Akira Toriyama, Dragon Ball Z (1989 – 1995), part 2

Here we go, as promised months ago, in the first part of the review ;). My enthusiasm for Dragon Ball and Dragon Ball Z hasn’t changed a bit, even though since then I’ve read loads of other shonen titles: Fullmetal Alchemist, Naruto, Kaijuu no. 8, My Hero Academia, Bleach, One Piece, Demon Slayer: Kimetsu no Yaiba… I still consider Toriyama’s opus magnum the best ;). Though that doesn’t include the most recent run, Dragon Ball Super, which is so bad I refuse to acknowledge it as canon ;).

So, without further ado, here’s my second part of the highly emotional journey through Toriyama’s famous manga. There are tears, and fist pumps, and everything in between ;).

Dragon Ball Z, vol. 12: Enter Trunks!

1841118

5.5/10 stars

The first third, concluding the fight between Goku and Freeza, is simply amazing. Loved every bit of it! All stars!!! And it’s actually the only reason this got five stars instead of one.

Because after that first part… well, to be fair, it was probably impossible to top the Goku-Freeza showdown with anything, really. But the rest of the volume is a disappointment, a major slump in terms of both emotional and martial content, with the coincidental return of Freeza and Goku, over a year later, to Earth, just as a setup for the appearance of a mysterious warrior from the future. Trunks must save the day in the absence of Goku, and while the reveal of Trunk’s parentage was a really fun part, the ease with which he dispatched Freeza and his nasty dad was rather jarring. And then we get the forewarning about evil androids soon to be made by a mad scientist, and the decision to wait for them and train hard just doesn’t make any sense. Aargh. That’s just so lazy.

Honestly, I hoped we had seen the last of the Red Ribbon Army a long time ago. Not to mention that the new Terminator vibes are somehow way less alluring than the old Superman vibes 😉

One of the weakest volumes to date, I’m afraid. Still moderately enjoyable, but nowhere near the usual levels I came to expect from Toriyama’s DB and DBZ.

Continue reading “Akira Toriyama, Dragon Ball Z (1989 – 1995), part 2”

Boba Fett on Tatooine

The Book of Boba Fett is premiering in December, so I decided to celebrate the revival of Star Wars gritty un-realism with a themed watercolor :).

Boba Fett, the infamous bounty hunter in a Mandalorian armour, is one of the most iconic characters of the Star Wars universe, and I tried to convey his badass “knight-errant” or perhaps “conquering king” attitude here, in the Wild West setting of Tatooine.

Enjoy!

K. Eason, Nightwatch on the Hinterlands (2021)

Author: K. Eason

Title: Nightwatch on the Hinterlands 

Format: e-book

Pages: 416

Series: The Weep #1

An opening to a new series set in the Rory Thorne universe, Nightwatch on the Hinterlands is a fast-paced SF noir mystery inspired by WH40K and D&D, featuring a duo of unlikely allies embroiled in a conflict that starts small but grows exponentially – and quite satisfyingly – throughout the book. 

Continue reading “K. Eason, Nightwatch on the Hinterlands (2021)”

Alfred Bester, The Stars My Destination (1956)

Author: Alfred Bester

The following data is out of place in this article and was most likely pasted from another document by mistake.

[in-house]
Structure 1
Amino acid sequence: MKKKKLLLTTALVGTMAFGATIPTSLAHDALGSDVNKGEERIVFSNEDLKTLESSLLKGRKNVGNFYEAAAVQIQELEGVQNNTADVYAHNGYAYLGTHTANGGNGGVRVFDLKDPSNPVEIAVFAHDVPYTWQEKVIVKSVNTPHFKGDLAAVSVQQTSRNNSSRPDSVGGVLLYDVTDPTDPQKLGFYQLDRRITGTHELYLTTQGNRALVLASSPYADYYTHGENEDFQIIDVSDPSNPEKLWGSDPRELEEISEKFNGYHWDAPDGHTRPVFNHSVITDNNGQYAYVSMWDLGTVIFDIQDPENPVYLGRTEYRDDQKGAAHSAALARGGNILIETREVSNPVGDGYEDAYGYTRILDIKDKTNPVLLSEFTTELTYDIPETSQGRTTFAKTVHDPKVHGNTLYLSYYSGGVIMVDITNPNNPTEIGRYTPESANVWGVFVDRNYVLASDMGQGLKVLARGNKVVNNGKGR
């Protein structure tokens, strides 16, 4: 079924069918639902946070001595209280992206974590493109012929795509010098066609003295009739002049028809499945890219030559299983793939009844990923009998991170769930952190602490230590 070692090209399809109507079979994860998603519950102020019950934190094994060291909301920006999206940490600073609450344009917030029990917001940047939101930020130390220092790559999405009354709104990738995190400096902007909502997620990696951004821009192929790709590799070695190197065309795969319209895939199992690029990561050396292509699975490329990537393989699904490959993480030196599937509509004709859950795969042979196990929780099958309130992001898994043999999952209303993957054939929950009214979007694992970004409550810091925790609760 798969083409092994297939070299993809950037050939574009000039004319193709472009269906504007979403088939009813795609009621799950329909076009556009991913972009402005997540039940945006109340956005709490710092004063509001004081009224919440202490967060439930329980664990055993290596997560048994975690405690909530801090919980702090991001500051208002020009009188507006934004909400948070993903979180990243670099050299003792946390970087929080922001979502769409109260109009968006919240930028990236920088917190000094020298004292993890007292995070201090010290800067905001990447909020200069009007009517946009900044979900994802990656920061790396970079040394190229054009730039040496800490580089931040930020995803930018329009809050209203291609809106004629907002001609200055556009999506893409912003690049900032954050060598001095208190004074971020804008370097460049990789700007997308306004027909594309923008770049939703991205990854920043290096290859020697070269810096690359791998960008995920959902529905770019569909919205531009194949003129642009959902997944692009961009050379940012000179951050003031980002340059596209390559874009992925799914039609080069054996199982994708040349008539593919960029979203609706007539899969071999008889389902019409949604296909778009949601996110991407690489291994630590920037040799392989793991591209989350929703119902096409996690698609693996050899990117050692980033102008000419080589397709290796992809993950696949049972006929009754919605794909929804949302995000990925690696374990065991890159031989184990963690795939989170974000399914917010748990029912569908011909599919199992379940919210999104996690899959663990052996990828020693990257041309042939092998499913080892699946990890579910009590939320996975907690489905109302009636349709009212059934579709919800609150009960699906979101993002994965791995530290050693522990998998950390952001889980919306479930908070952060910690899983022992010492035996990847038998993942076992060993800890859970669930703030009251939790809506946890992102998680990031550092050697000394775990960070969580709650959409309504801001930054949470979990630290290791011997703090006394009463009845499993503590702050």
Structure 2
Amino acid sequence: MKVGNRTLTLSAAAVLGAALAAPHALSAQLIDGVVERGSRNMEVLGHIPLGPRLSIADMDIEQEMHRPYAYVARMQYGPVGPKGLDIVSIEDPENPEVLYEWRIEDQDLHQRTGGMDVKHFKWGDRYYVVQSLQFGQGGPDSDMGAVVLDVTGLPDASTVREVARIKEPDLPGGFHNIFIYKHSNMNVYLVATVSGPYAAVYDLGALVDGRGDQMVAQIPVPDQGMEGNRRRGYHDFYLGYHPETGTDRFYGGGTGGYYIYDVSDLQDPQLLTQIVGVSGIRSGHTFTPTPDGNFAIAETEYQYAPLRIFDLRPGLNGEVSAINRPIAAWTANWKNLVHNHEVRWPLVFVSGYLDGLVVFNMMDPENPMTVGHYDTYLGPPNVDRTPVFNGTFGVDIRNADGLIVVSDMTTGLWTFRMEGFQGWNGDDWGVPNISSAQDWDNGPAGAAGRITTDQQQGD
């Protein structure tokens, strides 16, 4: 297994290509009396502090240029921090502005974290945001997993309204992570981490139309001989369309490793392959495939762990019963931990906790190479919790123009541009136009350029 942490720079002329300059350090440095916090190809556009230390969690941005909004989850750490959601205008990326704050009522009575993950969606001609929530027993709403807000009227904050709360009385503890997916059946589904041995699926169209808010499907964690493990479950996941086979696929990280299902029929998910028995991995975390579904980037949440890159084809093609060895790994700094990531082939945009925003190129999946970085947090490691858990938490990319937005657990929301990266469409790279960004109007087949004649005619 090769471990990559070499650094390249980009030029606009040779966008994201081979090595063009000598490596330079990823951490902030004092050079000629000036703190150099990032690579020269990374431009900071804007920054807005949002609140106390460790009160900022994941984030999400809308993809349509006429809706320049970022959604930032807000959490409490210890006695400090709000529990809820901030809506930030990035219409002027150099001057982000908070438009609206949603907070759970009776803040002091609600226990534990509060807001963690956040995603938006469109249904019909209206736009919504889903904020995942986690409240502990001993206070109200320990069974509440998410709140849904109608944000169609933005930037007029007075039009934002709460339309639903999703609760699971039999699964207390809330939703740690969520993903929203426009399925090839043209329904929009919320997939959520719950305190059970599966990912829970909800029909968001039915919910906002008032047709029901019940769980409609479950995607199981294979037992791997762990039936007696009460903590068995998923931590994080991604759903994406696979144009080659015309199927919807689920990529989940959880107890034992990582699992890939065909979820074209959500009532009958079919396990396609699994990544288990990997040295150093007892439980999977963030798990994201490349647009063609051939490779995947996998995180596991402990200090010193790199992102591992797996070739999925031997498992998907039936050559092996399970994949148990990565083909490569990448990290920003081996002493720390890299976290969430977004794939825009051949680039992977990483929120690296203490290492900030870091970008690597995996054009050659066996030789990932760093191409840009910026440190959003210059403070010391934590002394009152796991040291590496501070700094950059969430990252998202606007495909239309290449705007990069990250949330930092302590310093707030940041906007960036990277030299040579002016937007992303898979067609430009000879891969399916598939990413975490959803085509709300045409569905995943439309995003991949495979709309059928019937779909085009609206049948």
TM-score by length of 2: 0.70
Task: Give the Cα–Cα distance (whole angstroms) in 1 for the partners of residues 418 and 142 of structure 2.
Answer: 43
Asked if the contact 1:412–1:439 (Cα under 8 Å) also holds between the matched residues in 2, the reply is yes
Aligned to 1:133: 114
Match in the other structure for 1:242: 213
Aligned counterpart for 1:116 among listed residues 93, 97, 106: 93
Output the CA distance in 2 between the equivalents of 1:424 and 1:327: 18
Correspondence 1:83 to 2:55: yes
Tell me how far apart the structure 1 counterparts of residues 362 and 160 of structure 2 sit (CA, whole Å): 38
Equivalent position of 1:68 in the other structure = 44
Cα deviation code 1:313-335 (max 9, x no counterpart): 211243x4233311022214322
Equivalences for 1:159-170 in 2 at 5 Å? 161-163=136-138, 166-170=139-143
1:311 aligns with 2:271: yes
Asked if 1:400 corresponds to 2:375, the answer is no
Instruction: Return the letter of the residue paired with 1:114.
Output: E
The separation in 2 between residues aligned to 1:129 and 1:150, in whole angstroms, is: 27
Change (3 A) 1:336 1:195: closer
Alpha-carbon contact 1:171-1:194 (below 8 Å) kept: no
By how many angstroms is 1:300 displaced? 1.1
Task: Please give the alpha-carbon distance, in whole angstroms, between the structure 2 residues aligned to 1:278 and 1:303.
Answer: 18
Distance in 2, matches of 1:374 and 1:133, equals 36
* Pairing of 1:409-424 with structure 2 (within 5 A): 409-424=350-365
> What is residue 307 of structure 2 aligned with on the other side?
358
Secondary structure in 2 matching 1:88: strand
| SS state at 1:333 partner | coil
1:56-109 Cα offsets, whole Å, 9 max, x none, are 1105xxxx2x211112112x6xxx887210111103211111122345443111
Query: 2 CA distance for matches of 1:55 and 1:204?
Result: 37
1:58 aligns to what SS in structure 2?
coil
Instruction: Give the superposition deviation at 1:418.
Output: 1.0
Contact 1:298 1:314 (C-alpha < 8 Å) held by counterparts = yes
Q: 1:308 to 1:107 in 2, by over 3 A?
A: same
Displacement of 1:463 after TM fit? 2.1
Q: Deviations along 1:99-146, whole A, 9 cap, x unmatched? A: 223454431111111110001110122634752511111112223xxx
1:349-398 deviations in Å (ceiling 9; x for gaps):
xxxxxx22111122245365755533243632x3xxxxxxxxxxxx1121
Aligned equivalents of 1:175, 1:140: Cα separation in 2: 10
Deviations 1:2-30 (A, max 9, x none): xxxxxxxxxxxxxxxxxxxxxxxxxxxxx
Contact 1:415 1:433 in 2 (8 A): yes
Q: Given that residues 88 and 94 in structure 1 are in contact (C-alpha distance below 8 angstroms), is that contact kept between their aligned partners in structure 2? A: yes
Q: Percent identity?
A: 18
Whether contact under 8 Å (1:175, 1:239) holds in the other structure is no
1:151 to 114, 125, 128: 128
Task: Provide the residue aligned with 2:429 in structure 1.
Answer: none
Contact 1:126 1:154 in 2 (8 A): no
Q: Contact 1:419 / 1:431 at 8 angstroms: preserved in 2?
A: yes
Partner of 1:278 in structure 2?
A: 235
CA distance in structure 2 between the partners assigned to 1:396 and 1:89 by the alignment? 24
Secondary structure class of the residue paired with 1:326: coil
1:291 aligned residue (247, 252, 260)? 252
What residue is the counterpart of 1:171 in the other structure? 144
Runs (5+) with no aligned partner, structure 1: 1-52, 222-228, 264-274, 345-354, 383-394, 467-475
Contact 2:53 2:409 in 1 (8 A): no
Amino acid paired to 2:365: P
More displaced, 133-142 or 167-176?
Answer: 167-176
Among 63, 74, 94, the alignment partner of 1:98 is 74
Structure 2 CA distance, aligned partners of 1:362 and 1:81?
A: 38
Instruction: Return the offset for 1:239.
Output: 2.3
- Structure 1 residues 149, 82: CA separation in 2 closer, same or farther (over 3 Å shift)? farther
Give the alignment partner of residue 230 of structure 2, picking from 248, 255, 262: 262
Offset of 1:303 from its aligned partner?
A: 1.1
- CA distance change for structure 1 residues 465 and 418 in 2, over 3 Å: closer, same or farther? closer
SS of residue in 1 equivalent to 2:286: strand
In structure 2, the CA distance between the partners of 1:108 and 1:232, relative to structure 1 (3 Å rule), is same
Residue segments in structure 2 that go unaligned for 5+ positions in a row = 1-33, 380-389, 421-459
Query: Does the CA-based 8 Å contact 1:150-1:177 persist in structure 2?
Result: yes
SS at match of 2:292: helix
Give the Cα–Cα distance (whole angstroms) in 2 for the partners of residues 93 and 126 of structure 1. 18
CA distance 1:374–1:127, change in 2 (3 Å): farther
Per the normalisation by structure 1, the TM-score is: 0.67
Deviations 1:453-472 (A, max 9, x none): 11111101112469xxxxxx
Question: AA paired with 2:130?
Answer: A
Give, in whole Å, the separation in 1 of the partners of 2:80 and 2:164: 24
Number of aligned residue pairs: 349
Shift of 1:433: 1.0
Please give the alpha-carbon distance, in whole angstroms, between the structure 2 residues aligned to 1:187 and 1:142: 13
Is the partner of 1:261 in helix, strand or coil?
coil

Title: The Stars My Destination

Format: e-book

Pages: 258

Series: –

Bester’s SF classic, Tiger, Tiger!, renamed later to The Stars My Destination for the American market, remains one of his most popular and highly valued novels. Praised for originality as a forerunner of cyberpunk, and for respect for classics as a SF retelling of The Count of Monte Cristo (and clear inspiration from Swift’s Gulliver’s Travels and Blake’s Songs of Experience), The Stars My Destination remains an immensely readable book. It’s hard to believe that it’s nearly 70 years old, as the prose and the meta-level of skilfully interwoven references and tropes are still very, almost cuttingly fresh. 

There is a lot to like in this novel, certainly; intriguing ideas, masterful worldbuilding, fast-paced and delightfully twisty plot. The only problem I had with this book was the characters themselves 😉 And it is, sadly, a rather big problem, all the virtues of Bester’s novel notwithstanding. But ad rem.

Continue reading “Alfred Bester, The Stars My Destination (1956)”

Karel Čapek, War with the Newts (1936)

Sometimes I buy a book just because it’s pretty. It can be something I already read and might never re-read, sometimes it’s a new one for me, often it waits years for its turn. Karel Čapek’s War with the Newts I read almost immediately, and I’m quite certain I’ll be revisiting. If not for a full re-read, then at least to browse the illustrations, as this is one of the best-illustrated books I own, not only because the pictures look pretty, but also because they are fully integrated within the story.

I was additionally motivated when I noticed Jeroen from A Sky of Books and Movies started reviewing Čapek, first R.U.R. and then War with the Newts itself. His review is highly recommended as it puts the book in the context of its times and similar genre fiction. I’ll try to add a bit to that, but I’ll concentrate on my edition, one that is sadly only available to Polish and German-reading audiences.


Author: Karel Čapek

Illustrator: Hans Ticha

Title: War with the Newts / Válka s Mloky in the original Czech, also translated as Salamander Wars, but the Polish title of this edition is Inwazja jaszczurów which literally means Invasion of the Lizards

Format: hardcover

Pages: 368

Series: Świeżym okiem (With a fresh eye…) – yay, there will be more of these beautiful editions, next one – Dr Jekyll and Mr Hyde

Continue reading “Karel Čapek, War with the Newts (1936)”